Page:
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Re: Convert UTC time to local time using strftime and zsh/datetime

On Feb 20,  9:02pm, Kurtis Rader wrote:
} TZ=UTC strftime -r "%Y-%m-%d %H:%M:%S +0000" "2015-02-11 16:42:30 +0000"
} Which should yield 1423672950 as the seconds since the UNIX epoch.

Except it doesn't unless you have already done "export TZ", because
strftime is not one of the special builtins that really do alter the
process environment when you prefix them with a variable assignment.
So in my environment where TZ starts out not set, this still returns
the epoch in my local time zone, e.g. 1423701750.

This is guaranteed to fix the timezone issue:

    (){ local -x TZ=UTC;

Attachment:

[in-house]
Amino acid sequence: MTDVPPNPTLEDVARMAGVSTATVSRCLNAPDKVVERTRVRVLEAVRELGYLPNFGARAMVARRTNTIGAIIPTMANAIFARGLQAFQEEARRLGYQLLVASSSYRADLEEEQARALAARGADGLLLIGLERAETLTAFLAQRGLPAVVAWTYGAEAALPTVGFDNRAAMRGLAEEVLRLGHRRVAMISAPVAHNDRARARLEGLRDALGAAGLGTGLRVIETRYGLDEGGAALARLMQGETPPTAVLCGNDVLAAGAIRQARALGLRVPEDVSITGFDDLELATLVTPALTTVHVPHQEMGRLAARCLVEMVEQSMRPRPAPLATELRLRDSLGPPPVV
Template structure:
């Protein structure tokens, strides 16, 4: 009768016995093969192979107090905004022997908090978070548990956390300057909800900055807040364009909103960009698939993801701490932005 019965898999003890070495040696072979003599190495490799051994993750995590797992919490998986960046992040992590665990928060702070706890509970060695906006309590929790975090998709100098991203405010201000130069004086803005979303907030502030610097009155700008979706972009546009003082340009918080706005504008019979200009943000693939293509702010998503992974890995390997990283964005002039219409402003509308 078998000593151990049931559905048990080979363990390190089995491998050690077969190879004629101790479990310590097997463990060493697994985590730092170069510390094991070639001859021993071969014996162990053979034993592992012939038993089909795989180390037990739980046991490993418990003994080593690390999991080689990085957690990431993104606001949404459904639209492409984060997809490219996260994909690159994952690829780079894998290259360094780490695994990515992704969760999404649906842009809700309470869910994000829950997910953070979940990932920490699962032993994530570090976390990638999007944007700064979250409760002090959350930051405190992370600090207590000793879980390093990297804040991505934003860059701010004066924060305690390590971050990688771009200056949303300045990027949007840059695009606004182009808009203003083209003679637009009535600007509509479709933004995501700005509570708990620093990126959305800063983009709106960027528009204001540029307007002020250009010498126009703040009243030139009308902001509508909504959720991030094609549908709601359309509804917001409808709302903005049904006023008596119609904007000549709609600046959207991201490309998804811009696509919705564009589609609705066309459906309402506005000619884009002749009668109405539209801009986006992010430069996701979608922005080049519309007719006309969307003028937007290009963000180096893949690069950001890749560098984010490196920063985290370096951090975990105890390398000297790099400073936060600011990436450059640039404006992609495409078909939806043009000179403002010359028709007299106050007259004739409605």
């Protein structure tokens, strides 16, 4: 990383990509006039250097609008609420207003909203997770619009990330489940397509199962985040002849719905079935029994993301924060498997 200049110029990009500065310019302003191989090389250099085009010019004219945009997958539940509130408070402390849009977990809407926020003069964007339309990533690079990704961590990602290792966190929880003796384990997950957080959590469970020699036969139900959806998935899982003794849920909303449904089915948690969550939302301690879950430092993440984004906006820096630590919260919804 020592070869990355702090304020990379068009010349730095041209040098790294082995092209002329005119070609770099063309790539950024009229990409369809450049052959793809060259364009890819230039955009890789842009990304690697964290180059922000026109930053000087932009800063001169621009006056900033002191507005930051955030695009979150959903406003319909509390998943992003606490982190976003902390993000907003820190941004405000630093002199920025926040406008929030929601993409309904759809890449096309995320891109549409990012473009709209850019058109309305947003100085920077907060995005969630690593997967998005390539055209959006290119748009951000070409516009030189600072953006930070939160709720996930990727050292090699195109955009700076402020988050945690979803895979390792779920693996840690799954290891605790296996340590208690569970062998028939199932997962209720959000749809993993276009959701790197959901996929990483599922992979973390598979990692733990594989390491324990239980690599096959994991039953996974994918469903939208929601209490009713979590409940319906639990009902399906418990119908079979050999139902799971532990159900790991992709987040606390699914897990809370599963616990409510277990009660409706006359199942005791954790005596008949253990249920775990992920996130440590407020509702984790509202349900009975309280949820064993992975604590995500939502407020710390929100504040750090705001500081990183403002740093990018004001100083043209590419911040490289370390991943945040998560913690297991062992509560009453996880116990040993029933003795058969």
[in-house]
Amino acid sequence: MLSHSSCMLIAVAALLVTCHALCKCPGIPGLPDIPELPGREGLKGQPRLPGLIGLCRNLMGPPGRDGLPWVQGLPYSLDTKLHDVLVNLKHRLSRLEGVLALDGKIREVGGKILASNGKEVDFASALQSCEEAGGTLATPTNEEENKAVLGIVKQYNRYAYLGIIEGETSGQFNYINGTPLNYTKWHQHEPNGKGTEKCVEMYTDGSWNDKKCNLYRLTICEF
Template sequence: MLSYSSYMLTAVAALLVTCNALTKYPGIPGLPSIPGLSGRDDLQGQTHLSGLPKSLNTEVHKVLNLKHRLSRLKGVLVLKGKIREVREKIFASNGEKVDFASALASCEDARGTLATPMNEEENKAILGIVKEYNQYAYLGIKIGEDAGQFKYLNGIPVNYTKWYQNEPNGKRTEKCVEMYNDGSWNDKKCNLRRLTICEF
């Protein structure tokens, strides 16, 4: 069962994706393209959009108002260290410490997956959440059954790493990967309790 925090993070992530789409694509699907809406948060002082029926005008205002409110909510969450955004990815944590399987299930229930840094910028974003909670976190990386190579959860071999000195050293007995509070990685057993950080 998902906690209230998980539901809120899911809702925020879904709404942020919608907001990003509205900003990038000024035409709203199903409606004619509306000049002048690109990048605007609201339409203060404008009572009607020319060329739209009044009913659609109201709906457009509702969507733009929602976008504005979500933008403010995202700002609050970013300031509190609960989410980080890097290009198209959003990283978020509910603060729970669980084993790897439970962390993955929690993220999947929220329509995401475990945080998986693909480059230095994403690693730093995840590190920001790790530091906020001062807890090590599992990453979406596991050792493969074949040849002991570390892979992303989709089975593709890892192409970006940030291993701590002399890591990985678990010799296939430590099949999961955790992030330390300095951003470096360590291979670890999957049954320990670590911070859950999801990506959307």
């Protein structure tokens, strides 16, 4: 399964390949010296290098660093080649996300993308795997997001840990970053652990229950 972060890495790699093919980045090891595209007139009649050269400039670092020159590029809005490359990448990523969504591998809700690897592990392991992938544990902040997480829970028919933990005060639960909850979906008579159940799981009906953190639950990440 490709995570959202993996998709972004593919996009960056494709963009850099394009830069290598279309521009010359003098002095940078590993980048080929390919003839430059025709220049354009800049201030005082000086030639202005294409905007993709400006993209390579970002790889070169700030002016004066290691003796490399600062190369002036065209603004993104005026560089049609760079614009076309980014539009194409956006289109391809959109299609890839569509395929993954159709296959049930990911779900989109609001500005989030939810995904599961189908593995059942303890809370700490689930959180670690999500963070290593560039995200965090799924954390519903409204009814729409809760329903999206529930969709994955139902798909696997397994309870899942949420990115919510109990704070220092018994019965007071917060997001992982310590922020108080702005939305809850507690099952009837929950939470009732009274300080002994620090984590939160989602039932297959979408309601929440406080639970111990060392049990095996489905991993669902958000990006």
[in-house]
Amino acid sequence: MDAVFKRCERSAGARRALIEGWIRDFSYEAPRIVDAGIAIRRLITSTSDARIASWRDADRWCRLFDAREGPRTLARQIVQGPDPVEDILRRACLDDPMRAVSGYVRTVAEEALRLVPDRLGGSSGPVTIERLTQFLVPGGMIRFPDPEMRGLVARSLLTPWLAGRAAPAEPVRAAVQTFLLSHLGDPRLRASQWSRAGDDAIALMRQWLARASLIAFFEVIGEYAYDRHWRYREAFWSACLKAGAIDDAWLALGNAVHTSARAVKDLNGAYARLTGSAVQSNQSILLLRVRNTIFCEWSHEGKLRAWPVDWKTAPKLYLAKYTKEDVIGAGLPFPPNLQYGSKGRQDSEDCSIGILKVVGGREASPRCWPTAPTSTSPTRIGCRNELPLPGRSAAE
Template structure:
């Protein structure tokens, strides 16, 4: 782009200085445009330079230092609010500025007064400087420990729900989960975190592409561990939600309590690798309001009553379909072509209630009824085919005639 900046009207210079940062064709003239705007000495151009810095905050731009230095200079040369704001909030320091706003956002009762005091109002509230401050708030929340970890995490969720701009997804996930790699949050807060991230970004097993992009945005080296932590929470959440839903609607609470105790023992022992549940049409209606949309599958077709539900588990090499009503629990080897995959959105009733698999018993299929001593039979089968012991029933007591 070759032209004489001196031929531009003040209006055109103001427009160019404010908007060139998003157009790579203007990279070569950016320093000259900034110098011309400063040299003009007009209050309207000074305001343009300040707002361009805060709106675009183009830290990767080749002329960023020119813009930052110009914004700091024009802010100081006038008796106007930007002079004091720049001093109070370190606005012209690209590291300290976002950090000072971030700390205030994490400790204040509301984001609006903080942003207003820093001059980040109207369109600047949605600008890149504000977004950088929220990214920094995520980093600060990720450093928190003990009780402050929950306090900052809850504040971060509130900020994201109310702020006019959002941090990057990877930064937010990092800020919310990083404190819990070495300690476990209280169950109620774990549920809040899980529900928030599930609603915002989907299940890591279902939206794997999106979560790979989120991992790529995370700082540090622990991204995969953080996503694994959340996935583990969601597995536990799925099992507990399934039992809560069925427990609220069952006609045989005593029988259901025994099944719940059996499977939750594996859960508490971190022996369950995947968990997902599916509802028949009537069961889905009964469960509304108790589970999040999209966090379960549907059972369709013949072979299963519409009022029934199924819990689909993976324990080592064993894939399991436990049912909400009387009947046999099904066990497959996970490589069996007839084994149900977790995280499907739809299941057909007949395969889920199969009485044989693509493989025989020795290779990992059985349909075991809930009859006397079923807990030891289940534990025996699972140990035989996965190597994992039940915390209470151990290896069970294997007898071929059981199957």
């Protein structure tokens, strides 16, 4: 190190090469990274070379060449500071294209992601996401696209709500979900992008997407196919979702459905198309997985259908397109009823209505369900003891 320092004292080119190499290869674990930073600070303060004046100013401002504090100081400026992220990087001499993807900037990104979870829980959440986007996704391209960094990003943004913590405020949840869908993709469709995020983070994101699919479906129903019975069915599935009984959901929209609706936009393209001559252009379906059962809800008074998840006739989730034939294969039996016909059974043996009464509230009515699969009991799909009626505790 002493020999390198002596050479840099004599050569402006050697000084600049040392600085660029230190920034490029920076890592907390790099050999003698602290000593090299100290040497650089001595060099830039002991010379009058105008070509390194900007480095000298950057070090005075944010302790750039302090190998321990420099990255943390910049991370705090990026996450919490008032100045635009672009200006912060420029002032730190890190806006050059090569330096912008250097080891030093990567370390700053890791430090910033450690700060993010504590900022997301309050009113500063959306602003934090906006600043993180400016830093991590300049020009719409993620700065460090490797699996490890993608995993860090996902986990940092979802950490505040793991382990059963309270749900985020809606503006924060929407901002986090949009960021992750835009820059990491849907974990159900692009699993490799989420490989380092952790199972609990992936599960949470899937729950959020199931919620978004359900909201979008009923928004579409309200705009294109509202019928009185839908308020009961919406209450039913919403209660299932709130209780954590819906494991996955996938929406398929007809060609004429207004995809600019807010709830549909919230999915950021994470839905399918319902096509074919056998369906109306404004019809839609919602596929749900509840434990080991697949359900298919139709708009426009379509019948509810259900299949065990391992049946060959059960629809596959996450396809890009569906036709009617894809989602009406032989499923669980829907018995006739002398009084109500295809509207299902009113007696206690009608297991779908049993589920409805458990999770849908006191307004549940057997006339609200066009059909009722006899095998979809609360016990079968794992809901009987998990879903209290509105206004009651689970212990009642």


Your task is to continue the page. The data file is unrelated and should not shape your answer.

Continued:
strftime -r "%Y-%m-%d %H:%M:%S %z" "2015-02-11 16:42:30 +0000" }

but note that %z to match the timezone is a glibc extension to strptime
and may not work everywhere.

Also note that strptime is not defined to perform timezone conversions;
even though glibc strptime can be told that a timezone is present, it
parses it and then throws it away.  In TJ's original formulation

} > > strftime -r "%Y-%m-%d %H:%M:%S +0000" "2015-02-11 16:42:30 +0000"

the +0000 is just a string which is matched but ignored.  Either way,
this is why the TZ=UTC environment setting is needed.

The next question is whether the strftime builtin should implicitly
perform "local -x TZ" to make Kurtis' example do the expected thing.

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